Do you know that there are about 45,000 thunderstorms every day around the globe, each of which can have an impact on air travel?
At this very moment, there's at least 2,000 thunderstorms booming on the planet.
In Canada, the thunderstorm capital in Southwest Ontario, so that includes Toronto Pearson, Air Canada's main hub.
Toronto, and Southwestern Ontario, see about 30 to 33 days of thunderstorms a year.
So, when is a lightning advisory implemented?
It's when lightning strikes are detected within 5 to 9 kilometres of an airport. What happens is, when the system detects lightning strikes, all ground operations will cease preventing flights from departing or accommodating flights that landed.
That means people loading the airplane, unloading the airplane, guiding the airplane in, pushing the airplane back, maintenance, fuellers, commissary. They must go inside and seek shelter.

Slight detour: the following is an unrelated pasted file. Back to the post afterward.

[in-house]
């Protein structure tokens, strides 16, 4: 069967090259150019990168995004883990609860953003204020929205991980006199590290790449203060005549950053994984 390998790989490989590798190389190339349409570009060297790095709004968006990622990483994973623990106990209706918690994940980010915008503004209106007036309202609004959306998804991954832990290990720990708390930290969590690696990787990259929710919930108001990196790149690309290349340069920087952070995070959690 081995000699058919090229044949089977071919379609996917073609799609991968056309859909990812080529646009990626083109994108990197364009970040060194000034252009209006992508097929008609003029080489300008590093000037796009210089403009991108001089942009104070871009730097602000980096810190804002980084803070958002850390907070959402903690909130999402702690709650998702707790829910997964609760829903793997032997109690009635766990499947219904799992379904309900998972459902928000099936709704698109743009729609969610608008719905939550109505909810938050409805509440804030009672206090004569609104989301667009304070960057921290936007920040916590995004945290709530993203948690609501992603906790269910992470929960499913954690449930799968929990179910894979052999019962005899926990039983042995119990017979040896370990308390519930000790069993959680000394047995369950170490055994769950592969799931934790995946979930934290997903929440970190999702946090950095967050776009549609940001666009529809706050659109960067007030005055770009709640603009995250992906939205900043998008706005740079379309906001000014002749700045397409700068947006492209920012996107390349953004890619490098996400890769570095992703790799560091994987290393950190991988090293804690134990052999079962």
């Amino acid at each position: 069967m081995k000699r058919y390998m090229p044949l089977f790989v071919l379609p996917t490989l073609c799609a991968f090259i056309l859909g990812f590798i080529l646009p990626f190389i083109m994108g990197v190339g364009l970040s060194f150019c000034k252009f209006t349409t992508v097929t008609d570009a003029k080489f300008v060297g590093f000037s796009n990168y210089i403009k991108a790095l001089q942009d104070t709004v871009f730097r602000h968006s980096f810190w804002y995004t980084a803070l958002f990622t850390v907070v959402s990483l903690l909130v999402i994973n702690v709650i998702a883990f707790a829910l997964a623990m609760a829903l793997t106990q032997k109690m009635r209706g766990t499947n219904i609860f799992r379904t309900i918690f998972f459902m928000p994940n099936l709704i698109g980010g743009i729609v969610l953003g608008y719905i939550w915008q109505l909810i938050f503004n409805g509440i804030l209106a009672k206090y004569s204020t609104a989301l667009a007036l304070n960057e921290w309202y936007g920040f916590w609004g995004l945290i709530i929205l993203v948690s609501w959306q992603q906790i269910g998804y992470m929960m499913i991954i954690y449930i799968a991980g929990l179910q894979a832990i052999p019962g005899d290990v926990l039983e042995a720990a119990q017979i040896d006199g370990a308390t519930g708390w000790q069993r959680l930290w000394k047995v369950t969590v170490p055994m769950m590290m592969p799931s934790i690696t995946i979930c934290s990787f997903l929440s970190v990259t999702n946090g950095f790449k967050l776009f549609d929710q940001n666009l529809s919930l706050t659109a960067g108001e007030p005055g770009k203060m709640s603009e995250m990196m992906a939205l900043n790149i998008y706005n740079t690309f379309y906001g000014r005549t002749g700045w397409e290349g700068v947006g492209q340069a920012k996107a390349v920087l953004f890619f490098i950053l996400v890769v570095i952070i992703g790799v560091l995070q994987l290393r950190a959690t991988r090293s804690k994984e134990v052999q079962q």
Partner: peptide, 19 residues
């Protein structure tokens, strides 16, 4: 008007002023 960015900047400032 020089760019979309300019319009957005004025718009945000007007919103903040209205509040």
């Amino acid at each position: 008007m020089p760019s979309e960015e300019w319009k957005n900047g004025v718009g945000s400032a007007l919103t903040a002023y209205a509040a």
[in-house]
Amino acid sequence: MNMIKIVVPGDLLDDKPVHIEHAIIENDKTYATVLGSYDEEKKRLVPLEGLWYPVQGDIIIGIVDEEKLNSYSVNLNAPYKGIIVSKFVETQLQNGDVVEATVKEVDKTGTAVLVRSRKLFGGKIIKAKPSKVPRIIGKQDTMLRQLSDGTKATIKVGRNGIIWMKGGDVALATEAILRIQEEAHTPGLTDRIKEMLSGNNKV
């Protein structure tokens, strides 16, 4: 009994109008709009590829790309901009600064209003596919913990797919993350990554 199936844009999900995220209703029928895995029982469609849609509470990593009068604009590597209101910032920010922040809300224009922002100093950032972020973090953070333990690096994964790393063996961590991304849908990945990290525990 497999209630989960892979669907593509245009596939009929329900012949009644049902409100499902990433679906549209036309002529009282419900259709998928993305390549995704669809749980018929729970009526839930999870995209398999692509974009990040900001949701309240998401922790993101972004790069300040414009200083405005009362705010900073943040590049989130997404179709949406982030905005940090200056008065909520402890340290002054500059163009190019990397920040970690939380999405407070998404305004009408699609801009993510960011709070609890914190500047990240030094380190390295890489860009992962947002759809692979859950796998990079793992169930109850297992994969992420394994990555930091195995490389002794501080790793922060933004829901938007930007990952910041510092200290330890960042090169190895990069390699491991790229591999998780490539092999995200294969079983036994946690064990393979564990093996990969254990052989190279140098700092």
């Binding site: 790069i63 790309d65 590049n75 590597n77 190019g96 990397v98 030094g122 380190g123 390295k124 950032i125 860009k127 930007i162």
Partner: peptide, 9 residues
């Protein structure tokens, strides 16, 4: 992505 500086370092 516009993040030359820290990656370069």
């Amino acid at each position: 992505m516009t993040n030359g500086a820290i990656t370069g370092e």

This is for the safety of all the employees working on the ground as well as our passengers.
For planes that have already landed as a lightning advisory was declared, they would normally have to wait off the gate until the storm clears and ground crews can resume their work.
The good news is, Toronto Pearson now has a Visual Docking Guidance System (VDGS). That allows us to taxi right to the gate even during a lightning advisory, bring the jetway to the airplane and deplane the passengers safely.
Captain Doug Morris writes for Air Canada's enRoute Magazine.